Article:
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“What feeds the mind nourishes the soul.”

(Knowledge, Opportunity)

Tenets: Pursue all knowledge, no matter how difficult or dangerous the journey might be. Record what you learn, protect what is recorded and teach others so that knowledge might spread. Facts are not good or evil, only correct or incorrect. When your ignorance is revealed do not be ashamed but embrace this opportunity for learning. All beings who display a want for learning should be taught, but waste no time on unwilling pupils. No lantern can illuminate a locked room.


Rhundr, as they are known primarily to the dwarves and therefore in the rest of Ilmarin, is the goddess of knowledge, learning and teaching. Primarily a patron of scholars, they have also branched out among other cultures to cover schools and other places of learning, the practise of arcane magic and even exploration – provided it is done to further knowledge of the world.

Because of this Rhundr is, under various names, known almost everywhere as a deity. Whilst rarely the primary source of worship in any particular area they will tend to have a dedicated following, and be casually worship by those undergoing periods of learning or teaching.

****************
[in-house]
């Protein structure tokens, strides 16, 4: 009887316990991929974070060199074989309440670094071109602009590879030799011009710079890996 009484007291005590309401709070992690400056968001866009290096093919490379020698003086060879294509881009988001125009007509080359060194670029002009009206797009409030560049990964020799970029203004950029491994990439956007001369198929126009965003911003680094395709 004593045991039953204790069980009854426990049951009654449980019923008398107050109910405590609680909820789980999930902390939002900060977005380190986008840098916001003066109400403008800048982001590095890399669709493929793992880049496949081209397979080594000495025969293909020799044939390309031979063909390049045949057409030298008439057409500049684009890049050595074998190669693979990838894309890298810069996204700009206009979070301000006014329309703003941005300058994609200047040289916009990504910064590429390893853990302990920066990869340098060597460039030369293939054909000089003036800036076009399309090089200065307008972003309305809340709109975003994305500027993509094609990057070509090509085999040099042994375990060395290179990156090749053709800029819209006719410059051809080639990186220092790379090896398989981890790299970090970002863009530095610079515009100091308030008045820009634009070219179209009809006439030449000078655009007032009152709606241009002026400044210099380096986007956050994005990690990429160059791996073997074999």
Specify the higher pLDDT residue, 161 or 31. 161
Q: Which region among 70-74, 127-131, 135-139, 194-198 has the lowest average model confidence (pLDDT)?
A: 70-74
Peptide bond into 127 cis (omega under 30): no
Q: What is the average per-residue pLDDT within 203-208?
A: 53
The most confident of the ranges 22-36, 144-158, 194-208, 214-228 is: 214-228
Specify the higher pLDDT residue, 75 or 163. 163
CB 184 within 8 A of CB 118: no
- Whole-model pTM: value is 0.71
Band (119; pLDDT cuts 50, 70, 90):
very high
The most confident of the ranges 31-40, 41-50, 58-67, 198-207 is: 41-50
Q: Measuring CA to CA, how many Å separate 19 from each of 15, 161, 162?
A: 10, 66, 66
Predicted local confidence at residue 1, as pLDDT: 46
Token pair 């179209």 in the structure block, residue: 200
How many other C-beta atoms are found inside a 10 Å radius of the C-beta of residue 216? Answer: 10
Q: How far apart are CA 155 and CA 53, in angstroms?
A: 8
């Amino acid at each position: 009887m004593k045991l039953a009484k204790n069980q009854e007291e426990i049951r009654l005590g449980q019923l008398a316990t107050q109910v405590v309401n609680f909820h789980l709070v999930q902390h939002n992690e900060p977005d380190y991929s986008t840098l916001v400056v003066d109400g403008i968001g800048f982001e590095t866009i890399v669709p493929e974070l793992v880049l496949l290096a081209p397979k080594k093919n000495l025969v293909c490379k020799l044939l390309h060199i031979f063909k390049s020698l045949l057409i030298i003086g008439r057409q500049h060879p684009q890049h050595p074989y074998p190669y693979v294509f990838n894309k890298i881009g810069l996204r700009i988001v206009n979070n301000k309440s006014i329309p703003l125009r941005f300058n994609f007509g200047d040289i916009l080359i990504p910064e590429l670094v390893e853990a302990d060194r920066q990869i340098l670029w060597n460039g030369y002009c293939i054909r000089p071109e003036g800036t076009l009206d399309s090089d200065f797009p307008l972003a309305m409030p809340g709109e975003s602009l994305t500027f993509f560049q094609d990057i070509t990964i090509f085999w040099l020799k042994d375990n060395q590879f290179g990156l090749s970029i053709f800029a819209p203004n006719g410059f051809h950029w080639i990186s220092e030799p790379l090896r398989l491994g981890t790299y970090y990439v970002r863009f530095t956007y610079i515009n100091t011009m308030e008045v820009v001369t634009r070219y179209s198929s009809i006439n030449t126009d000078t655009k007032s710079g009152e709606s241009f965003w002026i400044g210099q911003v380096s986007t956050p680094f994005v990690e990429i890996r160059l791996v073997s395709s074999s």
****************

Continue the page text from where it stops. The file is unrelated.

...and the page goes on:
Worship of Rhundr is traditionally a quiet affair, as perhaps befits a god whose main places of worship usually double as libraries. Their shrines are almost always lit by a lamp or lantern, and incense is sometimes lit that calms the mind and allows for reflective thought.

Devoted followers of Rhundr dress simply, in order to display that knowledge is open to all willing to learn. Most double as teachers, researchers or advisors to the powerful. Among devotees dabbling is discouraged; knowledge should either be pursued fiercely or not at all, which means that those scholars who are also priests tend to be specialists rather than jacks-of-all-trades, aside from those who can genuinely pursue many subjects with passion and intellect. Paladins of Rhundr are rare, but can be found guarding fonts of knowledge or their more scholarly brethren.

Iconography and Trappings

The symbol of Rhundr is a gold lantern on a plain brown background. Other associated symbols are books (naturally), quills, keys, eyes and goblets. Among the Agryans magical glyphs are also popular, or other icons inscribed with such. Rituals that invoke Rhundr might involve all these components, and will usually involve writing down the object of the ritual before symbolically casting the scraps of paper to the wind or burning them upon the lantern flame to send them to Rhundr. Other than this, the burning of any text is discouraged in the strongest terms.

Worship of Rhundr

A breakdown by nation of those who follow Rhundr.